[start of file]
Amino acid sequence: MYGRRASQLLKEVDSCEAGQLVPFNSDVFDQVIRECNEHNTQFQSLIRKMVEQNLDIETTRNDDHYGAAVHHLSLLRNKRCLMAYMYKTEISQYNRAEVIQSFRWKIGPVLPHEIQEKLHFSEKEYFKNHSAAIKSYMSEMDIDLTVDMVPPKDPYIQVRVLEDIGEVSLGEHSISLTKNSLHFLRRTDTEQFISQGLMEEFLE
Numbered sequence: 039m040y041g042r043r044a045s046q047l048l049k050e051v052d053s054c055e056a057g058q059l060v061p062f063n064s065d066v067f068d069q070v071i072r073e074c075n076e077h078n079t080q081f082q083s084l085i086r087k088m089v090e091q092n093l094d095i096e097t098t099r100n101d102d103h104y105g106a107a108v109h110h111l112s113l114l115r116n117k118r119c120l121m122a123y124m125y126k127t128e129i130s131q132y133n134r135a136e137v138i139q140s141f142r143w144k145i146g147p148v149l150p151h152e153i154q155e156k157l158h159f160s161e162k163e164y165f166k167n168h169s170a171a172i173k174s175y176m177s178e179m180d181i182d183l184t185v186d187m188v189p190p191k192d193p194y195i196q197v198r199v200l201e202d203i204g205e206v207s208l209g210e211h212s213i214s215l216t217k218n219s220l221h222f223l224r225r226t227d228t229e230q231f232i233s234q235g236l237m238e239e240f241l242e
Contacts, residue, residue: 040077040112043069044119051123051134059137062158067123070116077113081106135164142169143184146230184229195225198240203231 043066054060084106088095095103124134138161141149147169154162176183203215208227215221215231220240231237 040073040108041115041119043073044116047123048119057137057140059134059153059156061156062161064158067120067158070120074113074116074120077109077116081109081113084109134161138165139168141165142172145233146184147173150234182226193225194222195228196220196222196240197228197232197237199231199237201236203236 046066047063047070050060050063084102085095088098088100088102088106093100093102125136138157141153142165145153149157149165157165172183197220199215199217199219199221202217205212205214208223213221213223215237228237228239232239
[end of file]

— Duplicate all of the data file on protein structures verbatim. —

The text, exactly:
Amino acid sequence: MYGRRASQLLKEVDSCEAGQLVPFNSDVFDQVIRECNEHNTQFQSLIRKMVEQNLDIETTRNDDHYGAAVHHLSLLRNKRCLMAYMYKTEISQYNRAEVIQSFRWKIGPVLPHEIQEKLHFSEKEYFKNHSAAIKSYMSEMDIDLTVDMVPPKDPYIQVRVLEDIGEVSLGEHSISLTKNSLHFLRRTDTEQFISQGLMEEFLE
Numbered sequence: 039m040y041g042r043r044a045s046q047l048l049k050e051v052d053s054c055e056a057g058q059l060v061p062f063n064s065d066v067f068d069q070v071i072r073e074c075n076e077h078n079t080q081f082q083s084l085i086r087k088m089v090e091q092n093l094d095i096e097t098t099r100n101d102d103h104y105g106a107a108v109h110h111l112s113l114l115r116n117k118r119c120l121m122a123y124m125y126k127t128e129i130s131q132y133n134r135a136e137v138i139q140s141f142r143w144k145i146g147p148v149l150p151h152e153i154q155e156k157l158h159f160s161e162k163e164y165f166k167n168h169s170a171a172i173k174s175y176m177s178e179m180d181i182d183l184t185v186d187m188v189p190p191k192d193p194y195i196q197v198r199v200l201e202d203i204g205e206v207s208l209g210e211h212s213i214s215l216t217k218n219s220l221h222f223l224r225r226t227d228t229e230q231f232i233s234q235g236l237m238e239e240f241l242e
Contacts, residue, residue: 040077040112043069044119051123051134059137062158067123070116077113081106135164142169143184146230184229195225198240203231 043066054060084106088095095103124134138161141149147169154162176183203215208227215221215231220240231237 040073040108041115041119043073044116047123048119057137057140059134059153059156061156062161064158067120067158070120074113074116074120077109077116081109081113084109134161138165139168141165142172145233146184147173150234182226193225194222195228196220196222196240197228197232197237199231199237201236203236 046066047063047070050060050063084102085095088098088100088102088106093100093102125136138157141153142165145153149157149165157165172183197220199215199217199219199221202217205212205214208223213221213223215237228237228239232239